Article Blog December 19, 2018 3 minute read

Proof of Concept: Deep Learning Automatically Classifies 300,000 Clinical Studies.

The clinical trial industry is ripe for the application of good data science. The field generates massive amounts of data on a daily basis, which has a tremendous impact on human individuals and societies. Anonymized data related to clinical trials is freely available online, through government agencies like ClinicalTrials.gov and public-private partnerships such as the Clinical Trials Transformation Initiative (CTTI).

Comprehend’s engineering group is always looking for new ways to use data science to improve the safety and effectiveness of clinical trials. We’re particularly interested in deep learning tools that can make handling large datasets more efficient and pave the way for new analytical discoveries. Using deep learning and other artificial intelligence (AI) technologies may bring us to the day where we can determine, and replicate, the conditions required to optimize clinical trials in different therapeutic areas.

To that end, we recently decided to see if we could use deep learning to automatically classify clinical trials across 38 therapeutic categories, such as oncology, neurology, hepatology, and orthopedics.

Using publicly available data from the websites mentioned above, we classified nearly 300,000 clinical studies with an 83% success rate. To map these studies to our 38 categories, we used pre-trained clinical concept embeddings to correlate terminology from the studies themselves to medical terms from the Unified Medical Language System® (UMLS®).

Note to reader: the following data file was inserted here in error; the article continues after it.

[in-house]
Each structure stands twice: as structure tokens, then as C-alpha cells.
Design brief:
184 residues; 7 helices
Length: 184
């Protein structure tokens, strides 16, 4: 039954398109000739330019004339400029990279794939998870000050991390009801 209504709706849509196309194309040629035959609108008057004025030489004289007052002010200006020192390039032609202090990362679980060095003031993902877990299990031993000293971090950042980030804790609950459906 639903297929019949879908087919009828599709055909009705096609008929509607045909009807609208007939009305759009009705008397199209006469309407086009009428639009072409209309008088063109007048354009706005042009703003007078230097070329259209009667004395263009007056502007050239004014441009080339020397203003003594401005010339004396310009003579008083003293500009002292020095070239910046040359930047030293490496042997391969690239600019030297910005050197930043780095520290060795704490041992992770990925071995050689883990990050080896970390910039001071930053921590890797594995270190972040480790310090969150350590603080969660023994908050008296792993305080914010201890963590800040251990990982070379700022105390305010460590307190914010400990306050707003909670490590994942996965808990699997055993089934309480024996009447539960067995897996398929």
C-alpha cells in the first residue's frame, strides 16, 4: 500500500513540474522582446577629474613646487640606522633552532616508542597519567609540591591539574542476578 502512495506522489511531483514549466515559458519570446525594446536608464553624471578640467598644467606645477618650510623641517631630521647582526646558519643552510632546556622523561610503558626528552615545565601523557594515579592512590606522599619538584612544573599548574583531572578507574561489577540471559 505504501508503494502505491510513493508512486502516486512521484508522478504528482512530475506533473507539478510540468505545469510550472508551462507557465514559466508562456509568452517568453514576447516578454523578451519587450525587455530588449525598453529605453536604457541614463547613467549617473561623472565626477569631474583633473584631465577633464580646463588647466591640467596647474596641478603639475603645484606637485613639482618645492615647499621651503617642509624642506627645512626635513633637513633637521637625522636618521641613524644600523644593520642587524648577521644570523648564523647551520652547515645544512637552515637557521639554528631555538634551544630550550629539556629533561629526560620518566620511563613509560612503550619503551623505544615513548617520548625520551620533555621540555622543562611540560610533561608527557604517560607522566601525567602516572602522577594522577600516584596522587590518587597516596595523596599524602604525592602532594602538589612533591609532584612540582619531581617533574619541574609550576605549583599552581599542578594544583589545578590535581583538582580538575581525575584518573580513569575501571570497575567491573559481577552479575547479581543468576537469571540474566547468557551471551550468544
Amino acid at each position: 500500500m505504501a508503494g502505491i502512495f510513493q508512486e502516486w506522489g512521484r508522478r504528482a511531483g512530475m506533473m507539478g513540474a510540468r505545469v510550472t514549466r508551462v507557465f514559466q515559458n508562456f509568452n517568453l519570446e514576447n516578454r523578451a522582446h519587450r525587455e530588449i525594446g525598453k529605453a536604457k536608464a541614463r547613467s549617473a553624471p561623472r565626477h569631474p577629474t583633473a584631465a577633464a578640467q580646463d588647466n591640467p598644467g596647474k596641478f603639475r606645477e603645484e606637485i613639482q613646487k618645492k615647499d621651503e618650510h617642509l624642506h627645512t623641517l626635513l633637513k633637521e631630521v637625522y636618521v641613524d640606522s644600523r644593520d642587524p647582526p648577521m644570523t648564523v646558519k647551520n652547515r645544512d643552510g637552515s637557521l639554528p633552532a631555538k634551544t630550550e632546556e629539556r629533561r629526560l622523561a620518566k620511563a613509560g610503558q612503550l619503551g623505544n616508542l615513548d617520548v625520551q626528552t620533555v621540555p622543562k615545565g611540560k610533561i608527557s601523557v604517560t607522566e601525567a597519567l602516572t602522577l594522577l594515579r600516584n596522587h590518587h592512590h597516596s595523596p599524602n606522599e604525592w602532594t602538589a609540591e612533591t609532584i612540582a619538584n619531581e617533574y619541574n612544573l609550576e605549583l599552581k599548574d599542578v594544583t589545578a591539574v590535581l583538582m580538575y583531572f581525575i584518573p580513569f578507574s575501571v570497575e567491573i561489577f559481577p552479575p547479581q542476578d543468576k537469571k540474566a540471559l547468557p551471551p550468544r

This particular deep learning capability is based on word embeddings used in natural language processing. Word embeddings are basically numerical representations of text, used by neural networks to quickly understand and capture meaning, semantic relationships, and context. For our purposes, the medical concept embeddings we used allowed us to classify hundreds of thousands of studies in a couple of seconds— far less time than it could have been done manually.

If you want all the details of our research, including specific steps and computer code, it’s all outlined in “Use Embeddings to Predict Therapeutic Area of Clinical Studies,” an article I published on Medium.

The Success of Our Experiment Makes Us Optimistic about the Future Use of AI.

Building a clinical study classification algorithm showed our team the potential for using deep learning and similar technologies to gain valuable insights from clinical trial data in a very short amount of time. In addition to basic classification, AI tools can help us answer important questions, such as:

  • Which sites are optimized for specific types of studies?
  • To what extent, and in what ways, does study planning affect outcomes?
  • What qualities in patients may make them more or less likely to experience an adverse event?

Data science is advancing the positive impact that clinical trials can have on humanity. At Comprehend, we use data science every day to help sponsors and CROs improve the performance and lower the risk of their clinical trials. Our clinical intelligence solutions, for example, enable the rapid integration of data from disparate sources—EDC, CTMS, ePRO, IxRS, etc.—into a unified data study model (UDSM) for greater visibility, automated alerting, and standardized, real-time data analytics.

To learn more about how Comprehend can help you harness advanced technology to bring valuable medical treatments to market faster, request a demo or call us at 650-521-5449. For information specifically about our clinical trial classification experiment, be sure to check out my Medium article and feel free to email me directly at therrmann@comprehend.com.

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